|Title||Daily Trojan, Vol. 23, No. 11, September 25, 1931|
|Description||Daily Trojan, Vol. 23, No. 11, September 25, 1931.|
|Contributing entity||University of Southern California|
an JOHN F. FISHER, RELIGIOUS LEADER, PASSES AWAY HERE
I A s. u. s. c. legit-
counell will hold »
Li meeting I" <'* 8 u
It, immediately after onquer Gael" rally.
Mac Morganthau, business manager of El Rodeo, today isiued a call to all members of the annual's editorial and business staff to report at a special meeting Monday noon in 221 Student Union.
Los Angeles, California, Friday, September 25, 1931.
(ROJANS CLASH WITH GAELS TOMORROW
* * * *
* * * *
* * * *
+ * * *
* * * *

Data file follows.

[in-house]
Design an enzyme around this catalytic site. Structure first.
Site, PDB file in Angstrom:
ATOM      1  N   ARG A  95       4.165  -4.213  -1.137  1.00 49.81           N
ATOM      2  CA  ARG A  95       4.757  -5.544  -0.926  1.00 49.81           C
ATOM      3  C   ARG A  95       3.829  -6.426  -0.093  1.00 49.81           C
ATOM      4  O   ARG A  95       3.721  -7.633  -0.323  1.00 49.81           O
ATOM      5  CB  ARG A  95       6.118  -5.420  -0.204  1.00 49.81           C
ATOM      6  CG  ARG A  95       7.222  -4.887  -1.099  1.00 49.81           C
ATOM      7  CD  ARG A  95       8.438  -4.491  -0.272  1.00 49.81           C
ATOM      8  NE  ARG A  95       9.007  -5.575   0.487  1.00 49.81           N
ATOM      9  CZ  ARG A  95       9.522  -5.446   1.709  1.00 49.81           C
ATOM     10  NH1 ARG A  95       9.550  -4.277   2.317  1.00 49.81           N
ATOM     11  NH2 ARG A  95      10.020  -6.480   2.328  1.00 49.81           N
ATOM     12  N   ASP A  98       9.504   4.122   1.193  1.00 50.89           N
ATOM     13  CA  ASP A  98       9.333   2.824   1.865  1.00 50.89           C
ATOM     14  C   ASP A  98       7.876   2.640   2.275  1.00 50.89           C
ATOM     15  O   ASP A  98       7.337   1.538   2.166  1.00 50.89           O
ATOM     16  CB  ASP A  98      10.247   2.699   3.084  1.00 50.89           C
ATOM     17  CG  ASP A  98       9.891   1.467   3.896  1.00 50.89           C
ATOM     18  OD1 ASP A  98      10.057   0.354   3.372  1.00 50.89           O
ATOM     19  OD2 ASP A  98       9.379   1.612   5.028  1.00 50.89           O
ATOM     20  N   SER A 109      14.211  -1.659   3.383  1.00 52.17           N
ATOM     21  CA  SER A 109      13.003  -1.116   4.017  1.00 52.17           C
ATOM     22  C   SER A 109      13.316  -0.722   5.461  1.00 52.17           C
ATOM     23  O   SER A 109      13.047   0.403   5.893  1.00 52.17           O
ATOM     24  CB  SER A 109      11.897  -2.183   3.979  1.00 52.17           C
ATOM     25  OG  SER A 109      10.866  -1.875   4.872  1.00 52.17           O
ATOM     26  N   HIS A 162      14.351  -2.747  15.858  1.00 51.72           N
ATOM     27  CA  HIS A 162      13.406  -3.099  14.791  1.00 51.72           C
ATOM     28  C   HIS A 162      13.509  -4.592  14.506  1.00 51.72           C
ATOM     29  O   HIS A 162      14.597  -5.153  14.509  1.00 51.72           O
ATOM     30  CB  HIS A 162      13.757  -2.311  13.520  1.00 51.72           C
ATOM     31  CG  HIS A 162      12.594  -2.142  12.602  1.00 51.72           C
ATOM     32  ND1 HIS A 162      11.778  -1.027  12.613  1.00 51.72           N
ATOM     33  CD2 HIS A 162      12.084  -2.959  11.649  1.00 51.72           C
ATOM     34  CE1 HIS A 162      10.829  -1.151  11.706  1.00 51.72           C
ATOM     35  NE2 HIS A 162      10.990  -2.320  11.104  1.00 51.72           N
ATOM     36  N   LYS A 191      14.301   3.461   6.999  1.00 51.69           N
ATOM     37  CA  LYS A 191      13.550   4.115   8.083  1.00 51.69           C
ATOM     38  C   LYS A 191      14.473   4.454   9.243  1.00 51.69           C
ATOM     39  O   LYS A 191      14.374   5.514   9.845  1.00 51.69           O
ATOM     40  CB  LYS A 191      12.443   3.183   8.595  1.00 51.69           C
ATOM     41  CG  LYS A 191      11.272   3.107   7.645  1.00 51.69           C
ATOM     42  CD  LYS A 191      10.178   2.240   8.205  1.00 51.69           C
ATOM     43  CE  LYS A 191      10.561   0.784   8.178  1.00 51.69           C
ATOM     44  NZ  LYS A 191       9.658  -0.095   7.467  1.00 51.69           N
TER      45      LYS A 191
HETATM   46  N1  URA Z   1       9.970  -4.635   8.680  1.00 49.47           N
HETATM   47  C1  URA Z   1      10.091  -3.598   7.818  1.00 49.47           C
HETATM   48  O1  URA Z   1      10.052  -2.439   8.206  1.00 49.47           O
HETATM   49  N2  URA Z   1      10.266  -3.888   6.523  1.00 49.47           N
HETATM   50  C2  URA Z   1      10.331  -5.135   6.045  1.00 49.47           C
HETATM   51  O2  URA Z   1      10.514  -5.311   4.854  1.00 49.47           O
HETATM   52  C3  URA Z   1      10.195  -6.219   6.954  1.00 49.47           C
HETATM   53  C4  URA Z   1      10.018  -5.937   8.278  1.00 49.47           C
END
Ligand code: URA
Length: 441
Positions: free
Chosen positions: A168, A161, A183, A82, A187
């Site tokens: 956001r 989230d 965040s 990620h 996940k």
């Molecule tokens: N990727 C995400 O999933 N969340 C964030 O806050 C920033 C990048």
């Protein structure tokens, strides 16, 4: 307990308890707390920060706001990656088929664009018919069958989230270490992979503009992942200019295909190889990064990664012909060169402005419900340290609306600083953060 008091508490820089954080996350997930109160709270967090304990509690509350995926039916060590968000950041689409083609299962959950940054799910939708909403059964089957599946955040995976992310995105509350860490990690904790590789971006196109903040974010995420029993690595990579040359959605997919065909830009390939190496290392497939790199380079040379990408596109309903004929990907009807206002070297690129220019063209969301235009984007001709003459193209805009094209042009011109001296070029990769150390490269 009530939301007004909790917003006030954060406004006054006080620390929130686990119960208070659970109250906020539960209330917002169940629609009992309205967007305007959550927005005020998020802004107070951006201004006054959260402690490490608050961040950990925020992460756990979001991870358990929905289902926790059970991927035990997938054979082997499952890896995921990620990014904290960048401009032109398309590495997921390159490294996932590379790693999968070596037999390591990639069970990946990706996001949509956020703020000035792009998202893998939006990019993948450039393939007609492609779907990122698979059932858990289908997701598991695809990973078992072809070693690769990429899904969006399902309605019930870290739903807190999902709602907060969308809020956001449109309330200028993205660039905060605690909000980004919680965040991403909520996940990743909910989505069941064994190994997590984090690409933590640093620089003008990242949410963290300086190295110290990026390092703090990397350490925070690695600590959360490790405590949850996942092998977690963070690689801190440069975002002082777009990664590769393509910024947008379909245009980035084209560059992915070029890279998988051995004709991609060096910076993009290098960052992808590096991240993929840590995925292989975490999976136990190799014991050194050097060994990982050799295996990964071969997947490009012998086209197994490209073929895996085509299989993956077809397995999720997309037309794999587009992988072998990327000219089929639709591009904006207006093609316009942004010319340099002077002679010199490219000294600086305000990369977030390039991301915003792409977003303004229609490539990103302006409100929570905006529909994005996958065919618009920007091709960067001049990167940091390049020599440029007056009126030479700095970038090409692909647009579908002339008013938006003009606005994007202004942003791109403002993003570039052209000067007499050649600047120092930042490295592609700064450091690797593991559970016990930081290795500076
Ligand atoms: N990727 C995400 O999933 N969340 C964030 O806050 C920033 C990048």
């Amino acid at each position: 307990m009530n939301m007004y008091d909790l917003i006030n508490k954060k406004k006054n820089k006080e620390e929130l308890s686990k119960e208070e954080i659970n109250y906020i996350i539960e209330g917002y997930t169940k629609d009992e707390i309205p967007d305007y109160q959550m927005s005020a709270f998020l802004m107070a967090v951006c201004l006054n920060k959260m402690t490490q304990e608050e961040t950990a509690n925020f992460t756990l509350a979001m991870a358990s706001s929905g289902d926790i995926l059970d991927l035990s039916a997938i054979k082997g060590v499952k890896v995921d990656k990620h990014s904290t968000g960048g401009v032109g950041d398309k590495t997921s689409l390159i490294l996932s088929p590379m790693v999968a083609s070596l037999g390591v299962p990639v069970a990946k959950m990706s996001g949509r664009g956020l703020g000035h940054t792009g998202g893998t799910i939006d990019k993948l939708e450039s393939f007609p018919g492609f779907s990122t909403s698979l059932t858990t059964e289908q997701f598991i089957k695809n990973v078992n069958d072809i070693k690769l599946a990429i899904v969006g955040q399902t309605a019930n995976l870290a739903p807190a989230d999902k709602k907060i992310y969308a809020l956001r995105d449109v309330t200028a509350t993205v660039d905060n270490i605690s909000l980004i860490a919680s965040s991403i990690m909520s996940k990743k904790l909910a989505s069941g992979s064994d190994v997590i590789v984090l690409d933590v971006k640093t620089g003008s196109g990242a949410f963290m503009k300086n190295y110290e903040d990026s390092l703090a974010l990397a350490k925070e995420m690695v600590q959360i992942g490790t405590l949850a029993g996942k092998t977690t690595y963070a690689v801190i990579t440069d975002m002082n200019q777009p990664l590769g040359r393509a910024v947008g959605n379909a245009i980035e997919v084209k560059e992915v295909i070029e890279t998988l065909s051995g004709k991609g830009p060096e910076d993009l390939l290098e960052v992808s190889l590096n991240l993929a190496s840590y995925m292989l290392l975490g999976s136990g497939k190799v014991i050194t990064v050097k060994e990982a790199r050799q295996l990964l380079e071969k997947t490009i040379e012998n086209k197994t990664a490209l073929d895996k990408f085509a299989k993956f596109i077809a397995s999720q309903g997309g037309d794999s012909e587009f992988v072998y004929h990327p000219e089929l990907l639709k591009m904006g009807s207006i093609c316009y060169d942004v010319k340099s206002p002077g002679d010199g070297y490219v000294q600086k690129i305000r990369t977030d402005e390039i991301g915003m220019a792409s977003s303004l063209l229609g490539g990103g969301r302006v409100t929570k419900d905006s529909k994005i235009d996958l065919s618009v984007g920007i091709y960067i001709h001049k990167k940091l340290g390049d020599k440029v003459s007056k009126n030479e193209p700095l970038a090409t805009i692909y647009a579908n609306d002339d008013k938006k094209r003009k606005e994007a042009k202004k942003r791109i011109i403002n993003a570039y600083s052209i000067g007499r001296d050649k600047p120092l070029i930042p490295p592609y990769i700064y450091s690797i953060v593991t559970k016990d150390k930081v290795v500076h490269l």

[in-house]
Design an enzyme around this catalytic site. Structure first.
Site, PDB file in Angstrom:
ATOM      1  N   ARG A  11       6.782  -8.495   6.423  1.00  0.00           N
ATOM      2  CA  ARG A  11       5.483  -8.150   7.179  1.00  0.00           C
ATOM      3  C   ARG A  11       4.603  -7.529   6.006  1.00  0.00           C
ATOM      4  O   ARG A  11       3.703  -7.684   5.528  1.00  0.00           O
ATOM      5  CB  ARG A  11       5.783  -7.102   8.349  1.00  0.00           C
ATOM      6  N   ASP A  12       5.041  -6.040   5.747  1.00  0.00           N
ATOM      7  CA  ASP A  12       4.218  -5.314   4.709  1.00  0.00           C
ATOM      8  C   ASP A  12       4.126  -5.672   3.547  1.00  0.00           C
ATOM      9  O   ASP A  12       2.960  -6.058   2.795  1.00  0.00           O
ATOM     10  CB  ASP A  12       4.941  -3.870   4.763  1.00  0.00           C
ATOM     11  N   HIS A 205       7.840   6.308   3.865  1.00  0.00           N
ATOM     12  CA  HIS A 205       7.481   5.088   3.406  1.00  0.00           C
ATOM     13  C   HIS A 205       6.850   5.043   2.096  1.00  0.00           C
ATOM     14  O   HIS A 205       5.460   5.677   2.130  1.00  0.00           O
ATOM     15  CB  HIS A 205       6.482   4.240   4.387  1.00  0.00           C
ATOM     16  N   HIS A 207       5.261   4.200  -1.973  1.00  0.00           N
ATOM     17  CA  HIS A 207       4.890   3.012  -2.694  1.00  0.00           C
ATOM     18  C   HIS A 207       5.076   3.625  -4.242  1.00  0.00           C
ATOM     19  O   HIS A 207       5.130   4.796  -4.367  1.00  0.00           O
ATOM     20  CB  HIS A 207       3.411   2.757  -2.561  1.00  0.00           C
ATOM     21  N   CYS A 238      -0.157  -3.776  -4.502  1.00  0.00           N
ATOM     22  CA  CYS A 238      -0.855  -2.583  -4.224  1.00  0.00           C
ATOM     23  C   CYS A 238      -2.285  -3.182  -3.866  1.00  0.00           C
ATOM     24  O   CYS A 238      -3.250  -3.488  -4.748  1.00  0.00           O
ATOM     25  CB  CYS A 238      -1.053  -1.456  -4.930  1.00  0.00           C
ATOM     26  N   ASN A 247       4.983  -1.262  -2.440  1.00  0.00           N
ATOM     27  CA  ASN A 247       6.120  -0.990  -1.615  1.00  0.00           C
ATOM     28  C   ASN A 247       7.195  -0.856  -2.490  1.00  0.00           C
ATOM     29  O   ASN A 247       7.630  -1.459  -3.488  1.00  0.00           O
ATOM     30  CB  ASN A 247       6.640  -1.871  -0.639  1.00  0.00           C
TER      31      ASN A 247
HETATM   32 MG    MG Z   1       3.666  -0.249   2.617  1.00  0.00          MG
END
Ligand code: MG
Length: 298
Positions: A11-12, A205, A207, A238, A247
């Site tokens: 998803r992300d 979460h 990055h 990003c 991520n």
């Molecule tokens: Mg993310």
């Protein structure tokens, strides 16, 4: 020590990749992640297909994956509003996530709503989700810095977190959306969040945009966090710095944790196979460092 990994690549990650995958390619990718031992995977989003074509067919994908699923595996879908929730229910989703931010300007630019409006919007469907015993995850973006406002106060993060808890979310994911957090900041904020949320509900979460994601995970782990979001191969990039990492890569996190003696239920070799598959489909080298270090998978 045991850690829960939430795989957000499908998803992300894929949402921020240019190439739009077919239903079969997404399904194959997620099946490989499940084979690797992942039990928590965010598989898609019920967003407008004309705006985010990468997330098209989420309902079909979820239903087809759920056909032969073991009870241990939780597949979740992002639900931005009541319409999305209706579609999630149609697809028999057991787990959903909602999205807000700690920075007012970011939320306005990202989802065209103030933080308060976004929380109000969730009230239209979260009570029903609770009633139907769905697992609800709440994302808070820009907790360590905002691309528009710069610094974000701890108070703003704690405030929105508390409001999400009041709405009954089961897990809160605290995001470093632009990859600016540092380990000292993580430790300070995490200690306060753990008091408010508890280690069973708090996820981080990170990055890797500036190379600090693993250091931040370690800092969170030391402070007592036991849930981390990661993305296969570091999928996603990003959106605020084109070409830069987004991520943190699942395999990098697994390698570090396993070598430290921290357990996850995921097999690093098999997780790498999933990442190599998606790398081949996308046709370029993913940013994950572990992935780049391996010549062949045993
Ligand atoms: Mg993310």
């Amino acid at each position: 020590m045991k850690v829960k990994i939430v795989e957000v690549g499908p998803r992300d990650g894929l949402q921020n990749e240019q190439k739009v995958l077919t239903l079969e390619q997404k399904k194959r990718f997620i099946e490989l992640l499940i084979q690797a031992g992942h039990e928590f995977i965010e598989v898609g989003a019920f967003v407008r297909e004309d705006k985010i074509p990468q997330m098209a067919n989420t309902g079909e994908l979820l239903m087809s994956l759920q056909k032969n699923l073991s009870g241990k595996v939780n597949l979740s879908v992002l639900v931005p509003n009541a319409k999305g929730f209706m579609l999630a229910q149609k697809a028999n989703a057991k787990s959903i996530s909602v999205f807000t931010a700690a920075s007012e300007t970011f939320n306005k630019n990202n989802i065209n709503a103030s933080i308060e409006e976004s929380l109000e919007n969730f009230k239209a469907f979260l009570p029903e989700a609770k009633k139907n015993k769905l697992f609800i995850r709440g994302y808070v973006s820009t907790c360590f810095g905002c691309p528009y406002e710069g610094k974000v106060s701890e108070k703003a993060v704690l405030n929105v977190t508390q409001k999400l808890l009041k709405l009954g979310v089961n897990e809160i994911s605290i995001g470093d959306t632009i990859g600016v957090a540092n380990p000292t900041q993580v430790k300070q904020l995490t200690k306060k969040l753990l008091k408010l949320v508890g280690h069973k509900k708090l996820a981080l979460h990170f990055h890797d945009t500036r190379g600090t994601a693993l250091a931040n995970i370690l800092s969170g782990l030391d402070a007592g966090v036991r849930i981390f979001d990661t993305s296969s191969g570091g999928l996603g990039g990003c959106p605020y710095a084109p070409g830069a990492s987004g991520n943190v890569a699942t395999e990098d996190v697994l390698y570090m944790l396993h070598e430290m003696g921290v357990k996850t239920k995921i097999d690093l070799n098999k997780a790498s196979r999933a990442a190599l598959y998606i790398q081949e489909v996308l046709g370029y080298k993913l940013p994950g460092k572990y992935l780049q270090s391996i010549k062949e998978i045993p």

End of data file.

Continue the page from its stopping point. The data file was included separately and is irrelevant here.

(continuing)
niversity Will Hold Qrid Rally
JAN HEAD JIVE FOR PiST DECADE
Services For Fac-[Veteran To Be Held Biday Morning.
California suffered |„nt yesterday withthe Or. John Frederick Flsb-here for the past | M dean of the School
^Tllne*. at hla hor,
]»ve- He had been active ^^■erformance of his duties
sendees wiU be held |a, u a.m. ’n the H« |t Kniscopal cnurch. 8th
L. eta, with Dr. ■ ■delating Burial will be La«n cemetary.
R. B. von KleinSmid
itacere tribute to Dean "hen apprised of
passing of Dean John
_he paid, “the univer-
one ot her most valued 1« «nd ,0> and
^^^^Hftirnds. As dean